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Humanitarian Aid as a Shared and Contested Common Resource

Abstract : Intuitively, much research in commons research focuses on collaborative governance of environmental resources. At the same time, due to the pressures of climate change, the number of natural disasters will only increase, and humanitarian crises are already on an uptake. As a result, I aim to extend this line of inquiry in my discussion of humanitarian aid as a shared and contested common resource. I take the example of the 2013–2016 West Africa Ebola Epidemic, which occurred along the border of three countries with different institutional histories. Drawing on interviews with 100 civil society organizations and domestic NGOs, I illustrate how top-down management of the 2013–2016 Ebola Response by governmental and international organizations led to policy failure, only until local organizations were involved. Ebola unveils the inefficiency of neglecting local actors, typical in international humanitarian response. In addition, contestation of humanitarian aid resources viewed as “commons” by recipients and “private” by international aid organizations fuels tensions in the aid relationship, and particularly during a crisis where local buy-in is essential.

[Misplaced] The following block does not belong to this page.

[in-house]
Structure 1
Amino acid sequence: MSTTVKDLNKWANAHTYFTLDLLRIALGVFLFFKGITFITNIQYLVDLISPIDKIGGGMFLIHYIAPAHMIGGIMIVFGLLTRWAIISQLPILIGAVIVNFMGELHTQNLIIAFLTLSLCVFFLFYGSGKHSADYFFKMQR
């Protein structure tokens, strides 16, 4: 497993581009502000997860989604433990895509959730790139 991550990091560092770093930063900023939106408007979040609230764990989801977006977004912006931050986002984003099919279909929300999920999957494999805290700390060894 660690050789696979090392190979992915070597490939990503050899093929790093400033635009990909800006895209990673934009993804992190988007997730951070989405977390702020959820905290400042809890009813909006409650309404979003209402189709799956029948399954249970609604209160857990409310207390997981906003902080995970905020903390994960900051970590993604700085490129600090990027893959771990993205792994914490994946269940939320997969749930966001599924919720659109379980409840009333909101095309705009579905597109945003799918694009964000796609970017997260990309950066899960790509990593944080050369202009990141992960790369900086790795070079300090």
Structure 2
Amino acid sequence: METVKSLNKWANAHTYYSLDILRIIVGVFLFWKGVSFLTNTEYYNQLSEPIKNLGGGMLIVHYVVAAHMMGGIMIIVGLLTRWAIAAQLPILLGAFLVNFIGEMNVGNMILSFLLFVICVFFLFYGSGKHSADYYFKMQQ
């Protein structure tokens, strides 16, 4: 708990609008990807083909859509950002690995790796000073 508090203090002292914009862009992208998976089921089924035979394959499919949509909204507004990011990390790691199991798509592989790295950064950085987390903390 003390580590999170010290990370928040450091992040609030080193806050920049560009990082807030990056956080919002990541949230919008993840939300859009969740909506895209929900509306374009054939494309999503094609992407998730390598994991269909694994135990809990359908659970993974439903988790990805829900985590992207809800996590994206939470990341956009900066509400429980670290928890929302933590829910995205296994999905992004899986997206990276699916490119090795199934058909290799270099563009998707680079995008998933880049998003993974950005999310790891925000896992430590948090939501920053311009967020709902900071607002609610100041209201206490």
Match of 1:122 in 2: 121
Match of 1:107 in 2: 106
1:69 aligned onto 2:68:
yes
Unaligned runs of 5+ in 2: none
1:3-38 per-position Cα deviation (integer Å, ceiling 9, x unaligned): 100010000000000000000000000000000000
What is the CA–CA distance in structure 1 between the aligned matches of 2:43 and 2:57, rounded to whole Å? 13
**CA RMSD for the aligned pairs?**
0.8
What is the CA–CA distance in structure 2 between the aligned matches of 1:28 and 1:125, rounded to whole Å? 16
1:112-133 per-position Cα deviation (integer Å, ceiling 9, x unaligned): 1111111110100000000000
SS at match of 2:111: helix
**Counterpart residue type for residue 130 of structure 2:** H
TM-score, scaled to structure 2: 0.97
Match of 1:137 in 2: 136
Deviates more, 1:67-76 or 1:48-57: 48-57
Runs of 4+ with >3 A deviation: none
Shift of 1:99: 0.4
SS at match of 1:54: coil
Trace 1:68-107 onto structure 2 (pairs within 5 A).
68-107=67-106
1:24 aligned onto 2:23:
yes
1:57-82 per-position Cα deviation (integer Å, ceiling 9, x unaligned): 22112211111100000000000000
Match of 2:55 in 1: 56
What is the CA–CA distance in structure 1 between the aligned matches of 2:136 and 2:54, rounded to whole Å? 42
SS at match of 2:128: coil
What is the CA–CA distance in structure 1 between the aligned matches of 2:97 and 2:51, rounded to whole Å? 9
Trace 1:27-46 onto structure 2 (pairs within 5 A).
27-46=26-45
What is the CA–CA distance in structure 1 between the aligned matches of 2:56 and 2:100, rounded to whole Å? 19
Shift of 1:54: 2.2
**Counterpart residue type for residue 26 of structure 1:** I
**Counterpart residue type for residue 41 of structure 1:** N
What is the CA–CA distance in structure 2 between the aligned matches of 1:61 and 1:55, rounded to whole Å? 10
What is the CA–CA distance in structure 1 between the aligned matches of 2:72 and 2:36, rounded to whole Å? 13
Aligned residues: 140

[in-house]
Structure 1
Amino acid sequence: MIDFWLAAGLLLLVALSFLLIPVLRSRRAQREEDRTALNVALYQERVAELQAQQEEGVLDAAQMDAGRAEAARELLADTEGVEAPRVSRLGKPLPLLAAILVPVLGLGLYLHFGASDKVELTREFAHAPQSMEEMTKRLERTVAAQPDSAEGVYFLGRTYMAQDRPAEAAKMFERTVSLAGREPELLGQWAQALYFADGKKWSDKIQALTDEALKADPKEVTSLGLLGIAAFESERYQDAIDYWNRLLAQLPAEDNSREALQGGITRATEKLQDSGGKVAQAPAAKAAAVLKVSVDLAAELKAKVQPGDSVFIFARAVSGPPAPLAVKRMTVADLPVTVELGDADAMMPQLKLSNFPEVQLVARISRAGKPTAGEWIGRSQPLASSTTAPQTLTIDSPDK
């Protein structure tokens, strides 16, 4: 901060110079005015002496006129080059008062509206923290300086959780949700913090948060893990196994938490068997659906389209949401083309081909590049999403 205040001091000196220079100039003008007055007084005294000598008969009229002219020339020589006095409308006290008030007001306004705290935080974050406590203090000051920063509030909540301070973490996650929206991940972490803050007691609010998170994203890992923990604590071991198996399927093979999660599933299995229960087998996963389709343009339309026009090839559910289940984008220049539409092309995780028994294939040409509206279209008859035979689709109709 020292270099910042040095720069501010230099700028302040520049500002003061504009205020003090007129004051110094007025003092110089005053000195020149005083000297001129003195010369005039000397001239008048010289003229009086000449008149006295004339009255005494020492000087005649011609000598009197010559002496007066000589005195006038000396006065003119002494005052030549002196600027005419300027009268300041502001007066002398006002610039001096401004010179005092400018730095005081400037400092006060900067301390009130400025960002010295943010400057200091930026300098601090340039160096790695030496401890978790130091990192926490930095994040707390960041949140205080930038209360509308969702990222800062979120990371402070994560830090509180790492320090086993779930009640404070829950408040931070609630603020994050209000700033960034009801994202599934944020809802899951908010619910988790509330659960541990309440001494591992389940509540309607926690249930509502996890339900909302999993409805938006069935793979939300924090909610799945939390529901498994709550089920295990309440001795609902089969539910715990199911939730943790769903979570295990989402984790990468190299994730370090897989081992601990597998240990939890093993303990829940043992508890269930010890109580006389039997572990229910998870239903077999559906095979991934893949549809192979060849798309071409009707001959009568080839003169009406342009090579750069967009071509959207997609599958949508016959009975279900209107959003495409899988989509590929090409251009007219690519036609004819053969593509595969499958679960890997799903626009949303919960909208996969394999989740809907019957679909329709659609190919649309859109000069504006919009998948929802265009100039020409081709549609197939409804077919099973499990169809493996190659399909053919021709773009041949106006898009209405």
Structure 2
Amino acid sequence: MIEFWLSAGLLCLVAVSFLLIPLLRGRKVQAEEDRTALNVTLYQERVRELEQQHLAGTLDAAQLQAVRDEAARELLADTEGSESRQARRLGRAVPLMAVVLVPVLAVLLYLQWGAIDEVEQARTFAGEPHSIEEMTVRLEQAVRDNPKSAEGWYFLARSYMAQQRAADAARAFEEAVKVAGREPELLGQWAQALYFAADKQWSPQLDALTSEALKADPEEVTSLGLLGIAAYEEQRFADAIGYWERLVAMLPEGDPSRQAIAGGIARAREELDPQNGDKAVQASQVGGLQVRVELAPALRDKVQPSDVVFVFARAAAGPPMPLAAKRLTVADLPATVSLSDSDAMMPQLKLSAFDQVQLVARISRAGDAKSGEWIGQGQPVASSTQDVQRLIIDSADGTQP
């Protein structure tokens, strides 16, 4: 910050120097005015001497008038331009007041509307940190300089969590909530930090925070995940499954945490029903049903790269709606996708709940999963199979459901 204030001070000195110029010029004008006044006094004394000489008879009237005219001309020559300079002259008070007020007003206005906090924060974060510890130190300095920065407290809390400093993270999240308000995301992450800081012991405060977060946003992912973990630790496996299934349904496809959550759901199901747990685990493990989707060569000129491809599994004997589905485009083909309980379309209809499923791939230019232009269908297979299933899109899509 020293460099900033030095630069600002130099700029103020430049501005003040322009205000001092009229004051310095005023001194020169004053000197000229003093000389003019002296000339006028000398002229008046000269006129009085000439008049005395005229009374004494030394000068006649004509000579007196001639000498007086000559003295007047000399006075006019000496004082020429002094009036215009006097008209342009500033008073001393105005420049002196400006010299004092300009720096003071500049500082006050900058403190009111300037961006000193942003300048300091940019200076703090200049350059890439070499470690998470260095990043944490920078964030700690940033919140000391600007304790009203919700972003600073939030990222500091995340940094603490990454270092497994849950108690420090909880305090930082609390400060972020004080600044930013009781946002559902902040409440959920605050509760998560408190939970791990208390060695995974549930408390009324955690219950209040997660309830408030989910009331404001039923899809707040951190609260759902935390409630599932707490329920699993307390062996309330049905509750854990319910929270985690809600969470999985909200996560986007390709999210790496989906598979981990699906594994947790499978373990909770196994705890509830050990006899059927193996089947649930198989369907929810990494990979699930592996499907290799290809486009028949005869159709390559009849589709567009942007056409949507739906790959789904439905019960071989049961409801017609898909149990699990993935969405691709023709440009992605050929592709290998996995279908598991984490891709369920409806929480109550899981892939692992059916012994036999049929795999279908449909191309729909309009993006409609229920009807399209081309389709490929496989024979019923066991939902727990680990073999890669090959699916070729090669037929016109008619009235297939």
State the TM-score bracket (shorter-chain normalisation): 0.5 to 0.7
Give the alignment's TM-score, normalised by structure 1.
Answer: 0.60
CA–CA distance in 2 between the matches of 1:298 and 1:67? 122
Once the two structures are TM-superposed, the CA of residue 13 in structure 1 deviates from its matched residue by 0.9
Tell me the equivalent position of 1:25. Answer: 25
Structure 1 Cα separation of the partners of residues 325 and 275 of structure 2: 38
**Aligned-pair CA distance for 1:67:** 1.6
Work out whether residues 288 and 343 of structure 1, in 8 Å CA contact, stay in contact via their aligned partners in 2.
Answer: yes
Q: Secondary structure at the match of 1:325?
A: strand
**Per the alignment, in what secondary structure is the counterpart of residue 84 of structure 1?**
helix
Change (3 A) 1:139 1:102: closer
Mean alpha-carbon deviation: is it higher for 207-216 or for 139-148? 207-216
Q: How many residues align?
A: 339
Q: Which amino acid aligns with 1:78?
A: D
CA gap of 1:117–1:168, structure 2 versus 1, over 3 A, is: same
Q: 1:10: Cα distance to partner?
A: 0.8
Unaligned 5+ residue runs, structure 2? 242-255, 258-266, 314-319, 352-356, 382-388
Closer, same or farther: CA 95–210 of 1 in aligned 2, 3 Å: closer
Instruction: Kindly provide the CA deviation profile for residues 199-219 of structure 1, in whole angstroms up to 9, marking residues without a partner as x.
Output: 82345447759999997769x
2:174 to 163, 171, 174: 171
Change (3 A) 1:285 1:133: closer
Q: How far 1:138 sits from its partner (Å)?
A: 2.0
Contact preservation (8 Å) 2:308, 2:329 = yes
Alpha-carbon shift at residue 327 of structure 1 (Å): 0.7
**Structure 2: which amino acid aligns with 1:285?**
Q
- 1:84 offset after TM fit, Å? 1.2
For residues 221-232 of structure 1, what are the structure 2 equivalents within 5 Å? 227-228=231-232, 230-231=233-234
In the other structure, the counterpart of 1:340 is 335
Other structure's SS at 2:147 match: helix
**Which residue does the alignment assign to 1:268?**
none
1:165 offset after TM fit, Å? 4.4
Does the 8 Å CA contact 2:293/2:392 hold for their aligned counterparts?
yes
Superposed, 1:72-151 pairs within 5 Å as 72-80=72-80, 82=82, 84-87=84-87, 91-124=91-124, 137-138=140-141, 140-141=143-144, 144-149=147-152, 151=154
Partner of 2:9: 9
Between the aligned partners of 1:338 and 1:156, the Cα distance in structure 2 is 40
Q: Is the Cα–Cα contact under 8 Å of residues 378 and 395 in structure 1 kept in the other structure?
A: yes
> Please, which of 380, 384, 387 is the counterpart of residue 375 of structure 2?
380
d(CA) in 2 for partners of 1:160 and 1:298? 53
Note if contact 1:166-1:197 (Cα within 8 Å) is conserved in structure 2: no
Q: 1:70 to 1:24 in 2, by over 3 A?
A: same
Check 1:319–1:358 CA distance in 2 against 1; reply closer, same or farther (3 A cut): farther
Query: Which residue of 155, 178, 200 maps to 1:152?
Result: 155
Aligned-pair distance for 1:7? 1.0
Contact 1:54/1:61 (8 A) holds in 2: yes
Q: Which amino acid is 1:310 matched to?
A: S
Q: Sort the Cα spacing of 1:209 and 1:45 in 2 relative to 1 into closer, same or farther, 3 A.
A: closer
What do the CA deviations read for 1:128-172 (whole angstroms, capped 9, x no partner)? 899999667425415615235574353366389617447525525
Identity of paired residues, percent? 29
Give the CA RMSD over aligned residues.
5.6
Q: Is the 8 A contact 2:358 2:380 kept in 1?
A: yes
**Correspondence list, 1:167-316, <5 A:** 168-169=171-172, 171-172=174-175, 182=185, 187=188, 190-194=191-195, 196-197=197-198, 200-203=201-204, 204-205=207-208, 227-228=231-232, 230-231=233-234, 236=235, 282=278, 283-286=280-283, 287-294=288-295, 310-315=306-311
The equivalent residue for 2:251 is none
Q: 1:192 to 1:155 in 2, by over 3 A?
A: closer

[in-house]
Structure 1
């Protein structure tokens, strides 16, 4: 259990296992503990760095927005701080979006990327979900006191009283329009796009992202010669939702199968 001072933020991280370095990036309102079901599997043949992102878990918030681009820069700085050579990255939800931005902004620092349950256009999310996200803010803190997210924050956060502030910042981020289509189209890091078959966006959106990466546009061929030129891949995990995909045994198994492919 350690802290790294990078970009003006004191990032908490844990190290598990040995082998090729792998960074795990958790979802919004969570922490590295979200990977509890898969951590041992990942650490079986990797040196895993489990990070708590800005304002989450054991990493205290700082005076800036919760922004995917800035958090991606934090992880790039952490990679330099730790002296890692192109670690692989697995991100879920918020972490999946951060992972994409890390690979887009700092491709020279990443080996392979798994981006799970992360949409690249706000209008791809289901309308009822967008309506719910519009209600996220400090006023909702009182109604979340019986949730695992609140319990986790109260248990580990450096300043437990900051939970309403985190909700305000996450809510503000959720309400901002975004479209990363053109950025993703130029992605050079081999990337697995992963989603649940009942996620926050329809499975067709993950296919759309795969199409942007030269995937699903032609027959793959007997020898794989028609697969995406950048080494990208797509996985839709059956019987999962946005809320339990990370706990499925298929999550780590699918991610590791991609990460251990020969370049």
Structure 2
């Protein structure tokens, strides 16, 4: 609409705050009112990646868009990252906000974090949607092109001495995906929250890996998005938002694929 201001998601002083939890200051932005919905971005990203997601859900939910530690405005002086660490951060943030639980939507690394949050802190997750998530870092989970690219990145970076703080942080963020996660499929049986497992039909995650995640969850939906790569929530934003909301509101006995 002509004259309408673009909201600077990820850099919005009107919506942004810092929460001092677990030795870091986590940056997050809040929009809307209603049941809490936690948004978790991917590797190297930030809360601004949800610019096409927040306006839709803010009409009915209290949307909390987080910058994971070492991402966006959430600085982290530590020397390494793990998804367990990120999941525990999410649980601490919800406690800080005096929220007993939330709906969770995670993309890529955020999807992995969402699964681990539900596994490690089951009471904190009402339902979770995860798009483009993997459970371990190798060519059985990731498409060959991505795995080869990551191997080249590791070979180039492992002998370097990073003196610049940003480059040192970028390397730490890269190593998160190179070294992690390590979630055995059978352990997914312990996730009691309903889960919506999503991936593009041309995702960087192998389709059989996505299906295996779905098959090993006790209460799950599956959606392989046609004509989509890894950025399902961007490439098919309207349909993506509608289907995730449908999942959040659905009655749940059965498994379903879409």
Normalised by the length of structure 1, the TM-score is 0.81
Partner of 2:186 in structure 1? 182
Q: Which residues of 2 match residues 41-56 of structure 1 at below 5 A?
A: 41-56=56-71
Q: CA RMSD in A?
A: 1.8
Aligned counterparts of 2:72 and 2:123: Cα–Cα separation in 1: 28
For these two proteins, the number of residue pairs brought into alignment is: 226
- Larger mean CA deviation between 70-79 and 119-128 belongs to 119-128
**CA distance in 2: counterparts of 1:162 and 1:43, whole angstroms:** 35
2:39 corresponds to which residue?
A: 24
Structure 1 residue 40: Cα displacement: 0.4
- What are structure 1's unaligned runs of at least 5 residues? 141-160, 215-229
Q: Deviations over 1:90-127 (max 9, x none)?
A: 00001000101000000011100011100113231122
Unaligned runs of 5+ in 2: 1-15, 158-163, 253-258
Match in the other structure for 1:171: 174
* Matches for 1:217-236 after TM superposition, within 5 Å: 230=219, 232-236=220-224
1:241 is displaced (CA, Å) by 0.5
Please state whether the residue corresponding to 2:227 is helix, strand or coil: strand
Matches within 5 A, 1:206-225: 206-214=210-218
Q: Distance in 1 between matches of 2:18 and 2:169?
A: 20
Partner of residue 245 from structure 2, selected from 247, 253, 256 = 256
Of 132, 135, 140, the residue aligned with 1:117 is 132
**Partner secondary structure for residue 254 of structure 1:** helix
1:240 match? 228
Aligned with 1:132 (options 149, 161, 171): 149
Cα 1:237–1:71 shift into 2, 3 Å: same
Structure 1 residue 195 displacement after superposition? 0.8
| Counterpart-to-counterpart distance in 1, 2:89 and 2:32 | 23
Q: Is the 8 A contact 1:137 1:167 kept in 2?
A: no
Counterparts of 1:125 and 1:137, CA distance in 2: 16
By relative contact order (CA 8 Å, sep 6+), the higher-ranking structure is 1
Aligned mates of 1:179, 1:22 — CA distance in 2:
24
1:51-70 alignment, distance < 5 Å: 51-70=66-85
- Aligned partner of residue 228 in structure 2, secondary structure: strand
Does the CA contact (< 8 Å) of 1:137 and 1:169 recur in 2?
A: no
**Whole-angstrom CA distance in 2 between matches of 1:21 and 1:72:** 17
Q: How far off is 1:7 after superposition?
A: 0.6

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Submitted on : Monday, November 8, 2021 - 4:19:22 PM
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Michelle Reddy. Humanitarian Aid as a Shared and Contested Common Resource. The Cambridge Handbook of Commons Research Innovations, Cambridge University Press, pp.89-99, 2021, ⟨10.1017/9781108938617.012⟩. ⟨hal-03419698⟩



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